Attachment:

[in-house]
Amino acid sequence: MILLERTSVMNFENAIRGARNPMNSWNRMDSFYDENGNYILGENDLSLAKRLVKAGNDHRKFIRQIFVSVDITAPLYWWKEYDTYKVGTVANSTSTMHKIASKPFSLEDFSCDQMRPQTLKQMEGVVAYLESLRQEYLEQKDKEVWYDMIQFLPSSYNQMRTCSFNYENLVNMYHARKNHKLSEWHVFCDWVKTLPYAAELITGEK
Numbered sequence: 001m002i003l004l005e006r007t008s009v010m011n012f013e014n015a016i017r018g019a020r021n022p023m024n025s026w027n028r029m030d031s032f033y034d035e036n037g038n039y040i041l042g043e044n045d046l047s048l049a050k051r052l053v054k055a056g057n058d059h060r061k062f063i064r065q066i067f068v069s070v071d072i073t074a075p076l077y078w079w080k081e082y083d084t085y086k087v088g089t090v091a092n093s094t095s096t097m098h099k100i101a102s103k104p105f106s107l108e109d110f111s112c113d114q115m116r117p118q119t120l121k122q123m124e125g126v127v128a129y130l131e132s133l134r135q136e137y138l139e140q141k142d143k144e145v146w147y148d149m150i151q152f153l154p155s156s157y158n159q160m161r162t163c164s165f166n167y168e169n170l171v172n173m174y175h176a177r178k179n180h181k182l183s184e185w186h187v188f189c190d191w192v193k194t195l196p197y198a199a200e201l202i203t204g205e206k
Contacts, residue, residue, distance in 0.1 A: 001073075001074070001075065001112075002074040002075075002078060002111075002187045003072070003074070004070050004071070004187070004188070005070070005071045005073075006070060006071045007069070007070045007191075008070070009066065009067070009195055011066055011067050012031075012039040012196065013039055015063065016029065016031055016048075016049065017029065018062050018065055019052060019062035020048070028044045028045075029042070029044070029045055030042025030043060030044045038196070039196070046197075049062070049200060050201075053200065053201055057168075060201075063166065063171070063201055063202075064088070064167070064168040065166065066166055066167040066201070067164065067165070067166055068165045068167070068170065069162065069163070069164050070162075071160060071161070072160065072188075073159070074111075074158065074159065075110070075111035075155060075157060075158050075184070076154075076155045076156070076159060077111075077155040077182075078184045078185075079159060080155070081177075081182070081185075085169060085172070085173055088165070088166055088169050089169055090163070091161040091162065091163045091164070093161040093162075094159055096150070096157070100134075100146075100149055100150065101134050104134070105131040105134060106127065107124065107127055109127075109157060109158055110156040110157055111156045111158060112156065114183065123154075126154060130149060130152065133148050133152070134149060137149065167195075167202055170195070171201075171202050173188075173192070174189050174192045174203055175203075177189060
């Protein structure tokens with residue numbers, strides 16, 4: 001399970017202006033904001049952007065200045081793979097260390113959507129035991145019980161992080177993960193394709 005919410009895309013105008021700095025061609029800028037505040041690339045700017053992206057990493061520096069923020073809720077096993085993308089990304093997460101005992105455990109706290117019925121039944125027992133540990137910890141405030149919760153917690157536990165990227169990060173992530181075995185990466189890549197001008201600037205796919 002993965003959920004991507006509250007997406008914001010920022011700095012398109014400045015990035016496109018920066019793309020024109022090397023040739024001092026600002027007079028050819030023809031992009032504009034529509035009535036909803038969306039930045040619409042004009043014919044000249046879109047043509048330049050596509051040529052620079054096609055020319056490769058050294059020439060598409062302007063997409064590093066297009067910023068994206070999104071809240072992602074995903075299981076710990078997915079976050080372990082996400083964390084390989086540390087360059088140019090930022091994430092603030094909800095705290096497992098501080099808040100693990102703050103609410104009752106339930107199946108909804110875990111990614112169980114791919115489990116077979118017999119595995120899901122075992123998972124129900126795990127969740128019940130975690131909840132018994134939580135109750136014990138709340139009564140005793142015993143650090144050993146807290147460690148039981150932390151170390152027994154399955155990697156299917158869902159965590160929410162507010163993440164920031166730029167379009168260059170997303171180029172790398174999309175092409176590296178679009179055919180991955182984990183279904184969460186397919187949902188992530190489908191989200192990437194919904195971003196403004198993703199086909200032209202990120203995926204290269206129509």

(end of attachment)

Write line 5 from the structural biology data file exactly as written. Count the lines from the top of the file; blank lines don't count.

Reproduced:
């Protein structure tokens with residue numbers, strides 16, 4: 001399970017202006033904001049952007065200045081793979097260390113959507129035991145019980161992080177993960193394709 005919410009895309013105008021700095025061609029800028037505040041690339045700017053992206057990493061520096069923020073809720077096993085993308089990304093997460101005992105455990109706290117019925121039944125027992133540990137910890141405030149919760153917690157536990165990227169990060173992530181075995185990466189890549197001008201600037205796919 002993965003959920004991507006509250007997406008914001010920022011700095012398109014400045015990035016496109018920066019793309020024109022090397023040739024001092026600002027007079028050819030023809031992009032504009034529509035009535036909803038969306039930045040619409042004009043014919044000249046879109047043509048330049050596509051040529052620079054096609055020319056490769058050294059020439060598409062302007063997409064590093066297009067910023068994206070999104071809240072992602074995903075299981076710990078997915079976050080372990082996400083964390084390989086540390087360059088140019090930022091994430092603030094909800095705290096497992098501080099808040100693990102703050103609410104009752106339930107199946108909804110875990111990614112169980114791919115489990116077979118017999119595995120899901122075992123998972124129900126795990127969740128019940130975690131909840132018994134939580135109750136014990138709340139009564140005793142015993143650090144050993146807290147460690148039981150932390151170390152027994154399955155990697156299917158869902159965590160929410162507010163993440164920031166730029167379009168260059170997303171180029172790398174999309175092409176590296178679009179055919180991955182984990183279904184969460186397919187949902188992530190489908191989200192990437194919904195971003196403004198993703199086909200032209202990120203995926204290269206129509």